The woman kissed Quentin once on each cheek, and then disappeared out the door, leaving Quentin with the child that came collapsing down the stairwell.
Jimmy was thin, frail looking boy that dragged behind him a tattered rucksack. He was shrouded in patches of shadow, his face gaunt and freckled, his eyes a perfect black. He was laughing as he came, his feet meeting each stair with a heavy thud, every step taken looking as if it might serve to topple the boy and send him flailing to the hall down below.
Quentin stood there, watching, waiting, thinking only this;
I have no wife. I have no child. This is not my home.
He ran his fingers through his thick blonde hair, sweat dripping from his forehead.
Where the f*ck am I?
The car was a sedan, four seats and a deep navy colour. There were spots of rust on the bonnet, the roof had been coated in a white residue gifted from the blackbirds that nested in those treetops leaning over the driveway, and mottled in the grill at the forefront of the vehicle was a rabbit, its cheeks puffed out with blood, teeth smashed through the front of its skull.
Quentin led Jimmy by the hand, instinctively unlocking the sedan with the keys he’d picked at random from the hallway table. He opened the rear passenger side door.
“No.” Jimmy licked his little lips, his attention stolen by the rabbit; such a pretty rabbit, perhaps it might want to be my friend?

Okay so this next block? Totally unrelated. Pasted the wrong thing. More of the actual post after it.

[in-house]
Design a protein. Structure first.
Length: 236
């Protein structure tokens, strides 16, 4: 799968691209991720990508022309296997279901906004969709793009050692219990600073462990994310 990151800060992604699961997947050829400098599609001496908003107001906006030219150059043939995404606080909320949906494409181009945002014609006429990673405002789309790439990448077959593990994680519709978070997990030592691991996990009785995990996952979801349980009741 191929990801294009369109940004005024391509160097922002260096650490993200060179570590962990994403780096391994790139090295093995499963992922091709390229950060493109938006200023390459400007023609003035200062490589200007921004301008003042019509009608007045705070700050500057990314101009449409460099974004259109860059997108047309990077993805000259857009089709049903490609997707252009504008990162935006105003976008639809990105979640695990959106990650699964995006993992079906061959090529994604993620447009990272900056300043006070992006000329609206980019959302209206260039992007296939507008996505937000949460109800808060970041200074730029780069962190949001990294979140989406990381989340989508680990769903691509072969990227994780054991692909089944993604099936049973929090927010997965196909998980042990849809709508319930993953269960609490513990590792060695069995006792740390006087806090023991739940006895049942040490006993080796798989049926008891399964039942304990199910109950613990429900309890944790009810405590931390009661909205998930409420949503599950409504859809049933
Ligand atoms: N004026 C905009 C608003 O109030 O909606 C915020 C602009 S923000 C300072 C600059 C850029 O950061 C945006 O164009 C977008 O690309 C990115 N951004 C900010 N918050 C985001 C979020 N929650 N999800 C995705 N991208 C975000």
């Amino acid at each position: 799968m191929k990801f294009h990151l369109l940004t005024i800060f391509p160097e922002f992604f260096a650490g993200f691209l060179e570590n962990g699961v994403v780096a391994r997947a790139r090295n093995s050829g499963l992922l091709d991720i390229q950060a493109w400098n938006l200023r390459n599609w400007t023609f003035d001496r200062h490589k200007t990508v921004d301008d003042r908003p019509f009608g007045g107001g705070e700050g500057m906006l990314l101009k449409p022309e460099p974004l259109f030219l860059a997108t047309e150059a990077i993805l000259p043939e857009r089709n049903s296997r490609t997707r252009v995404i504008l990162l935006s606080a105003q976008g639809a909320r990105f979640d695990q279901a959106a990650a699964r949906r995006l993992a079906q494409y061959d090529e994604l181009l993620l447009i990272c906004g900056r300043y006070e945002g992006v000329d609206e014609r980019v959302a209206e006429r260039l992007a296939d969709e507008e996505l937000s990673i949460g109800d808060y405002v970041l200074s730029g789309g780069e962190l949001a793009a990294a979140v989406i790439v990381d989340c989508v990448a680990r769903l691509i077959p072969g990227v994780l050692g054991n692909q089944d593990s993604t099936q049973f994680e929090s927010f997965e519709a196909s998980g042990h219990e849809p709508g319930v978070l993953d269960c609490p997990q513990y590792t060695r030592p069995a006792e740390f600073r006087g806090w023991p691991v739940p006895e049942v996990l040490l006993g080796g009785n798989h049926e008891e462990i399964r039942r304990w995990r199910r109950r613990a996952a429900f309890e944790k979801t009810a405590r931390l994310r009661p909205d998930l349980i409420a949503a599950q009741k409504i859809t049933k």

Jimmy pulled for Quentin to take him to the front of the car, and growled when Quentin refused.
“I won’t sit in the back.” Jimmy spat his words out in defiance, “You can’t make me.” his face drew into a convulsing sort of snarl, “You’re not my dad.”
“Listen, kid.” Quentin sighed, his ears were ringing, the sky seemed to fuzz in and out of focus, “Shotgun?”
Jimmy grinned, tongue wagging, “Where?” then his excitement died a fraction as Quentin popped open instead the front passenger door.
“Upfront?” Quentin nodded.
Jimmy tilted his head, considering the choice before him. What choice? A choice that only he could figure. His eyes swam with a sickness, tiny maggots of darkest black crawling down the lines of his face. “Shotgun.” he smiled, bobbing his head down as he slipped into the car.
Quentin took one last look at the house, a house he didn’t recognise at all, a house that wasn’t his, and could have sworn it fizzled out for just a moment, like pixels fading from a screen.
I have to get out. He told himself, all too sure of where he was. How in Gods name do I get out?
Jimmy was kicking the glove box, clawing at the welded plastic that read: air bag. He was screaming, for his mummy, to go home, that he wished Quentin would die, would leave him alone.